rachel old buildingsTomorrow I finally leave Ireland, after a week of solo traveling here. Time has been fast and time has been slow, but I have really loved this adventure. Here are some highlights:

  • Accents – is it just me, or is EVERYTHING cooler in an Irish accent? It has been so much fun listening to the colorful phrases and turns of speech. It’s almost a foreign language, incorporating the Irish Gaelic in their running monologue, and  I’m usually laughing so hard I am not really paying attention to what they are a saying. Our bus driver, Seane, sounds something like this:

Alright me troopers! Whats the craic? Did any of ye fall in luf last night? The Irish men don’t lack for the confidence and the persistence, ya know. And I was thinking to meself, I says to meself, aw shite sheep don’t ya cross the road now, ya know? What a was I a sayin…so who likes the Guinness, ya know? You have to say that when you’re in Ireland. I don’t drink it myself, I need oh about 8 or 9 pints first, ya know. What was I saying? Got lost in me mind, ya know.

Cong streets
Cong streets
  • Rich History – A really profound discovery for me – the Irish people really know their country’s history. I think this helps explain the fierce pride of the Irish, something we don’t see to the same degree as in America. For example, when taking a historic tour of Derry, the city of the Bloody Sunday attacks and some IRA shenanigans, the tour guide says, “so to understand why this happens, you have to remember that in the year 1262…and then in 1645…and then in 1891…and then in the 1920s…” all to explain events of the 1970s and 1980s. Our national memory as Americans just doesn’t go that far back. I’ve learned so much about Irish history and just love them for it.
  • Beautiful sea of Carrick a Rede bridge
    Beautiful sea of Carrick a Rede bridge

    Easy for Touring – As my first cabbie told me, this country survives on tourism, and I don’t think I could have picked an easier, friendlier, or funner place to have my first solo trip.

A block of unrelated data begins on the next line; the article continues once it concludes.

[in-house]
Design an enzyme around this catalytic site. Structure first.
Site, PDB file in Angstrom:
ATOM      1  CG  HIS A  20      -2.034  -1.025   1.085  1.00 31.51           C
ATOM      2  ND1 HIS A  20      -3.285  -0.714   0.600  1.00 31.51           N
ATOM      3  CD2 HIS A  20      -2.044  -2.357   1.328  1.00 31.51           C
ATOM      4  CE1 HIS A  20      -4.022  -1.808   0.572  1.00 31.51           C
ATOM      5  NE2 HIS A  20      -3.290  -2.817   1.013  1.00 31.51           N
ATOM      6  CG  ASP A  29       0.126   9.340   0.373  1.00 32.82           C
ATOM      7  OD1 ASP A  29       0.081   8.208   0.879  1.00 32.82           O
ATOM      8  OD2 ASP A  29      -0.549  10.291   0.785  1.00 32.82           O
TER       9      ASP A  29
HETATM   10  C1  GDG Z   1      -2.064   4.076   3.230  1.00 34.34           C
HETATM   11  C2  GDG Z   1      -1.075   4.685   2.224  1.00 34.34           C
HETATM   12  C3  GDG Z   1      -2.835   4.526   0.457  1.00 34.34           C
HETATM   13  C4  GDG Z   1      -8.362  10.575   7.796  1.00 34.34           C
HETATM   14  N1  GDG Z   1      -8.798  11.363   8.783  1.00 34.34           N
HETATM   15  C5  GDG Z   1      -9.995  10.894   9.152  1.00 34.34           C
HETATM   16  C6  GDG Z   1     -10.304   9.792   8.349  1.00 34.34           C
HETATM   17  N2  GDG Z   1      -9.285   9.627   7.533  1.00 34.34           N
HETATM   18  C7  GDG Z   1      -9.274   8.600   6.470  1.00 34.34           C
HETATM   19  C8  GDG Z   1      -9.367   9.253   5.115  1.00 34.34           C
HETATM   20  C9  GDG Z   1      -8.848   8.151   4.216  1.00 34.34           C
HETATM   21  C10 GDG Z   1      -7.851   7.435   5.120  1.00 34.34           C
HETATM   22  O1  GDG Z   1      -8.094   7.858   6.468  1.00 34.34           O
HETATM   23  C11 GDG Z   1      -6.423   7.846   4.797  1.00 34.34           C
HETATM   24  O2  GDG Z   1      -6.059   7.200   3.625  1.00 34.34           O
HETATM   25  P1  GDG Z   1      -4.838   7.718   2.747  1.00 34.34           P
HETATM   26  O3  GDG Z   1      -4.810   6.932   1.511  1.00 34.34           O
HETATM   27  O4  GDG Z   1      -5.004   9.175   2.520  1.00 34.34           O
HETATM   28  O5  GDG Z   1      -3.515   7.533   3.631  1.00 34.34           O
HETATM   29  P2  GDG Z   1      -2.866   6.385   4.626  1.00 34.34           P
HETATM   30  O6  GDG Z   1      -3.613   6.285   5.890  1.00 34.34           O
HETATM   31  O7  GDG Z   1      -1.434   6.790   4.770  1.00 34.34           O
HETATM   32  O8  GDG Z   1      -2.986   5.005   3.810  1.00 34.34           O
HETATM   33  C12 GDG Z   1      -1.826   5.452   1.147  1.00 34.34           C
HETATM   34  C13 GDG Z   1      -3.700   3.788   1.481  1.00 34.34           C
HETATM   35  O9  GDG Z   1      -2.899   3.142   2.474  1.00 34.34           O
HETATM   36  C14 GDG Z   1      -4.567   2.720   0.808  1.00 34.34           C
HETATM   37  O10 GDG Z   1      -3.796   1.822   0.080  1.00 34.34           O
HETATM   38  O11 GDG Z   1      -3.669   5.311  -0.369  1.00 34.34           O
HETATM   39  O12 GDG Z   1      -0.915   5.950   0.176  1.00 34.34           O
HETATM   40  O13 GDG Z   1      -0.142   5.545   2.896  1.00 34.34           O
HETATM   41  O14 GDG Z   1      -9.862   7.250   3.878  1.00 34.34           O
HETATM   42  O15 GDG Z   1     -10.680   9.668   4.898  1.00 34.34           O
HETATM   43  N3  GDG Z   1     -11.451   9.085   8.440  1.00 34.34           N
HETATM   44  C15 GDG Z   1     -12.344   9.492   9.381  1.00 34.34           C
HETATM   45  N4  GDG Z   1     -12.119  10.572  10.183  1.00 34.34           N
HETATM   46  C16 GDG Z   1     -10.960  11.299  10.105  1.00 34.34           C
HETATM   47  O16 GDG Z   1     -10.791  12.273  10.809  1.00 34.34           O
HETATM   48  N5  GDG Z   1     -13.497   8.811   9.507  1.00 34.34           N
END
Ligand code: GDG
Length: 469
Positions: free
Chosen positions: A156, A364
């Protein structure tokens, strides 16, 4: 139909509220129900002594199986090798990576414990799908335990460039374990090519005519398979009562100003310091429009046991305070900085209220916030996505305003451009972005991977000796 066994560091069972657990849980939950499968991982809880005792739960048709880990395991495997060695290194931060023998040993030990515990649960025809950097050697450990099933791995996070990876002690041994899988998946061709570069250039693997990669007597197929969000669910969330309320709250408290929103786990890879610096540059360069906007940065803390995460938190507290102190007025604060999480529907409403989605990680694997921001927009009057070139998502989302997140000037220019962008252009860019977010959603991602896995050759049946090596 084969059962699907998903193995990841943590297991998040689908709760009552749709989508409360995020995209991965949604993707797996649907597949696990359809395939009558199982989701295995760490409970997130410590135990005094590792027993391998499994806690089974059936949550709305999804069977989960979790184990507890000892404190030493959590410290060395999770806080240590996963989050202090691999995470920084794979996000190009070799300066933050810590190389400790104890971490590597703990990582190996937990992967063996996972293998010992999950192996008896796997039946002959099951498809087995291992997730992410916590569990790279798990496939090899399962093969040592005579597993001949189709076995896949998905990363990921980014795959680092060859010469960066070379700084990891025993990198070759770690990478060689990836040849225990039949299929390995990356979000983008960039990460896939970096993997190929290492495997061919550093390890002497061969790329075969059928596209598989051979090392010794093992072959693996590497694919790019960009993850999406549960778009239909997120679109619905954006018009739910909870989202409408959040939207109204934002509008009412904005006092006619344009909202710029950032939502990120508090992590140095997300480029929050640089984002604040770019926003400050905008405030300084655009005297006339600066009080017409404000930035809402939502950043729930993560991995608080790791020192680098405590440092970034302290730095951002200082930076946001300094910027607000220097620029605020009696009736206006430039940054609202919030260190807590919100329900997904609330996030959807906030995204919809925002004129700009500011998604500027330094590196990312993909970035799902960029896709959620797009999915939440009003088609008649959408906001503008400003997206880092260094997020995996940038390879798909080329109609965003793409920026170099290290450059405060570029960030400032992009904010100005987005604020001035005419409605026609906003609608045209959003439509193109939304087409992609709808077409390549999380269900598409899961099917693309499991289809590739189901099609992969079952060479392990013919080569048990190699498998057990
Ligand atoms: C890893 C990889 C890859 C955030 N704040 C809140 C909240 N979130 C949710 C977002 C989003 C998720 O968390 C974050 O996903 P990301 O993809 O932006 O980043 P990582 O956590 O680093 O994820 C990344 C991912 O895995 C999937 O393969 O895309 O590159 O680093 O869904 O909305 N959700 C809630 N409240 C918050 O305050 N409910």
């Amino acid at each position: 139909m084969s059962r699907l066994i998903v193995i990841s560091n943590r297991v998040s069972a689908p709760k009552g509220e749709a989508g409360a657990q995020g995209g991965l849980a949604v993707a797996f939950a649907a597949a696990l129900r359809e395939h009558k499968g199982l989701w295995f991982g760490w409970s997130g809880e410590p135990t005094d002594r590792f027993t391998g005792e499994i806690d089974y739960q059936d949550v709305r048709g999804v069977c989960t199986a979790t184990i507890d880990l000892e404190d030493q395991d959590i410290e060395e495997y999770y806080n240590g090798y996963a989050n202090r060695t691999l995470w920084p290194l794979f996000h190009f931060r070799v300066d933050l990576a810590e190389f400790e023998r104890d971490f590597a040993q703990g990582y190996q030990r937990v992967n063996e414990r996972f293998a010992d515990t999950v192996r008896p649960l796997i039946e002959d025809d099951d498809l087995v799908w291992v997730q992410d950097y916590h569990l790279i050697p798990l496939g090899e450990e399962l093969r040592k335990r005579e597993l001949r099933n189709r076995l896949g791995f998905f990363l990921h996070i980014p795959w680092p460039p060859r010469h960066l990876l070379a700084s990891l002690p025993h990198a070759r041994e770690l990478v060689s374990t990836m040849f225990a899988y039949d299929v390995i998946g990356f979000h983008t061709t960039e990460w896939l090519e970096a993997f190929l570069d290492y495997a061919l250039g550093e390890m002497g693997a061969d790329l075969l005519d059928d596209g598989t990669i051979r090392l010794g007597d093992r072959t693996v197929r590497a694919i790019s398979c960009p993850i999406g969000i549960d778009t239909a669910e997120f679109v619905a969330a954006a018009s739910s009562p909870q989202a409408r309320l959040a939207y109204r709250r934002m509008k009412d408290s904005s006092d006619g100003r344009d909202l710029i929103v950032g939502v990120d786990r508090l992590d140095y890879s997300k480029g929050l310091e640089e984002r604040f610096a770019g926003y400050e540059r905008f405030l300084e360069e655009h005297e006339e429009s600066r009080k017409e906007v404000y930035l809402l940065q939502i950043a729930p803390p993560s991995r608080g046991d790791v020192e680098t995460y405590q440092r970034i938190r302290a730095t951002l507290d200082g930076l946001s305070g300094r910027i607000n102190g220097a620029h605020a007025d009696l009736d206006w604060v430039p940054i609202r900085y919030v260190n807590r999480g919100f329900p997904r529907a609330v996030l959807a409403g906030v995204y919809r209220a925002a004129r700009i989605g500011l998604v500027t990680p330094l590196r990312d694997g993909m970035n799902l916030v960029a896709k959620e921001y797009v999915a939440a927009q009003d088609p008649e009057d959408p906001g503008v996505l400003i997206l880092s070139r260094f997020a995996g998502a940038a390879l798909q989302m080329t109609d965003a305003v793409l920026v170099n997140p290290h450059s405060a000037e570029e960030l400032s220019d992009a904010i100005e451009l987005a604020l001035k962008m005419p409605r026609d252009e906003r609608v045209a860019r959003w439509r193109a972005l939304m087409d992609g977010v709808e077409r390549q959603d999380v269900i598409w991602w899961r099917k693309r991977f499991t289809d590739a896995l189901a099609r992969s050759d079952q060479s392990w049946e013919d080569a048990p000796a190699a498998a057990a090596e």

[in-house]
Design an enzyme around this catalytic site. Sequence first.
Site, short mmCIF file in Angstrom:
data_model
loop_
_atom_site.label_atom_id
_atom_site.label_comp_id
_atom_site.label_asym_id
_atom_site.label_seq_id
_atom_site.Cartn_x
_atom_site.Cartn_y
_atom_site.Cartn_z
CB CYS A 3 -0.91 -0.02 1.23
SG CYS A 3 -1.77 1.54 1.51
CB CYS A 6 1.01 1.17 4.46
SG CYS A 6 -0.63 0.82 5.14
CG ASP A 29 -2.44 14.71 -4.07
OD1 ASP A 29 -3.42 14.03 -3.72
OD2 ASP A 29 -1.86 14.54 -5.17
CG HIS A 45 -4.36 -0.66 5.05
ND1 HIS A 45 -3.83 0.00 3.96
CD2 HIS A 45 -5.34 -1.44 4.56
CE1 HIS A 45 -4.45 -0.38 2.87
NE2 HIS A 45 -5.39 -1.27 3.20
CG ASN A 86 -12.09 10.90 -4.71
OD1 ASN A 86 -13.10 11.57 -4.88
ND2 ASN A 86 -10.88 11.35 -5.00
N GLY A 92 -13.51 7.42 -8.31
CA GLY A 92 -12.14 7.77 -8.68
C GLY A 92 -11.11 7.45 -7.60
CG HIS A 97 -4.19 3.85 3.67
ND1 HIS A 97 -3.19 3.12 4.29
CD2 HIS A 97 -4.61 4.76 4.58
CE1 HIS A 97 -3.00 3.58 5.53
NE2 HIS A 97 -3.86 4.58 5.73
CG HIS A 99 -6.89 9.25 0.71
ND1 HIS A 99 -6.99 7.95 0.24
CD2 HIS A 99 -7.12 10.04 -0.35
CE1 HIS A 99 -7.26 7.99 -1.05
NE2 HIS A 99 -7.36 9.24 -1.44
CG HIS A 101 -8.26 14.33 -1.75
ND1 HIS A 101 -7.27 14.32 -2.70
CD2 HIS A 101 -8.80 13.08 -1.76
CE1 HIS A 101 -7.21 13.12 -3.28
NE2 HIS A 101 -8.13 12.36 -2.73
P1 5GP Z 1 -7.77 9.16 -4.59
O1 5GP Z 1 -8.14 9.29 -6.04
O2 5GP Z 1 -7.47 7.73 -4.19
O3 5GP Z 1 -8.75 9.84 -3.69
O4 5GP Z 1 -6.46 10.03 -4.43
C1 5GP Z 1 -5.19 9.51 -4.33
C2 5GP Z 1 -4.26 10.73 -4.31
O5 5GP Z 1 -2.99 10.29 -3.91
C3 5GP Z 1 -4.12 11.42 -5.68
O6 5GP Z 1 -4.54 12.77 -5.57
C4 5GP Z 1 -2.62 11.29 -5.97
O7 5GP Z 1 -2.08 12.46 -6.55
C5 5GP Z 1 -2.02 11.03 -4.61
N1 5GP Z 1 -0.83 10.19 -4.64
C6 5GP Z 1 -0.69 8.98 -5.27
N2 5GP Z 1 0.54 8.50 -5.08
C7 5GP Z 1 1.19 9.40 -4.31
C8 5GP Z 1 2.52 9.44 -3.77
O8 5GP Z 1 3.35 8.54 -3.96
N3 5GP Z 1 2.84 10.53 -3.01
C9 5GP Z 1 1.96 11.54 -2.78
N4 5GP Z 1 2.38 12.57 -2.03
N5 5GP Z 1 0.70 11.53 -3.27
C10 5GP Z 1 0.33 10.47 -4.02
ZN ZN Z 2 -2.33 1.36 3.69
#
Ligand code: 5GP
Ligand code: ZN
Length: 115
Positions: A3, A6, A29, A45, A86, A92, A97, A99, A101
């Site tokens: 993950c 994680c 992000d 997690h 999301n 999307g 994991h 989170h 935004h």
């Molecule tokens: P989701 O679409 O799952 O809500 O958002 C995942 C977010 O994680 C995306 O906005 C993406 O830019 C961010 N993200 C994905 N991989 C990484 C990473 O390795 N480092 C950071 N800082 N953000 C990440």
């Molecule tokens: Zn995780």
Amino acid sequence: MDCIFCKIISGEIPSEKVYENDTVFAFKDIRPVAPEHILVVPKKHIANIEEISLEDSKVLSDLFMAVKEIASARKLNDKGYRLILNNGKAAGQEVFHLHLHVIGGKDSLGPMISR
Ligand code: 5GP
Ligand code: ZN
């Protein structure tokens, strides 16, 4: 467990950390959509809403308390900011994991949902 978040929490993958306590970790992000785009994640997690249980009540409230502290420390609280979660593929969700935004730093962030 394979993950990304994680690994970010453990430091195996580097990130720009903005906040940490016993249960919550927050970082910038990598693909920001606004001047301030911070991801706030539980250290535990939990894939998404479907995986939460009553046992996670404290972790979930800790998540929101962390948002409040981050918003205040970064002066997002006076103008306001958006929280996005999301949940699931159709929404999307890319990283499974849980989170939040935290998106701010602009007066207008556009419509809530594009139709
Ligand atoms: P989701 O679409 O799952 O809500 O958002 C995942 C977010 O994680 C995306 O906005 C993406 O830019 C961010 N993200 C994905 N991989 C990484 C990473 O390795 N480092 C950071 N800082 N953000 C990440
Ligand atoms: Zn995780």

• Amazing Natural Sights – Giants Causeway, Carrick A Rede, Cliffs of Mohr (didn’t get to see, sad face), Connemara, and just green, green, green made this place a bit of a surprise for me. It almost seemed pointless to take pictures, because the camera couldn’t capture what I was seeing.
  • Black Cab Tour of Belfast – Probably the coolest thing we did on the trip…touring through the Catholic and Protestant neighborhoods – divided by a wall up to thirty feet high, mind you, and learning about the fierce tension that still exists in Belfast. They actually rioted while we were there, and someone threw a beer bottle at our tour! Learned loads about the violence, murder, mistreatment, and crazy British vs. Irish, Catholic vs. Protestant commotion in Northern Ireland. Complicated and messy, very cool tour. Can’t imagine living in those neighborhoods meself. Much still goes unreported.
  • Kylemore Abbey was brilliant
    Kylemore Abbey was brilliant

    Old buildings here, there, everywhere –  Trinity College, St. Patrick’s Cathedral, Kylemore Abbey (and it’s beautiful and tragic love story), crumbling monasteries, the cemeteries and monuments of the likes of Yeats and Wilde and Cromwell and Joyce, the brick with flower planters and pubs established in the early 1880s…just so cool to see the layers of the cities of Ireland as they have come together in architecture, the hodge-podge that the city developed out o it.

  • I Love the Nightlife…I wanna boogie…Have had a fanTAStic time in all the local pubs – the music is amazing, the people friendly, every Irish man can sing and play guitar, and we’ve all learned the words to “Molly Malone” and “Galway Girl” and you can find anyone on the street to sing with you. The Irish stay out late and always sympathize with your bloodshot eyes. Our cabbie on Sunday said “I love driving in Belfast on Sunday. All the locals be home, nursing thar hangovers, and I can get whar I need to be goin’.”
  • St. Patrick's Cathedral
    St. Patrick’s Cathedral

    The People – Great conversationalists, story tellers, stopping you on the street to see if you need help. I hold out a handful of my change and they pick out the right amount for me. They sing, they dance, they drink, they love everything out of life. They dress like punks, rock stars, a little skanky for the girls (no one wins when we can see your buttcheeks!), but I think they just have a confidence in themselves. A lovely, lovely people.

Next on the agenda – London! I was there in 2006 but excited for a return journey…suggestions welcome!

Slainte!

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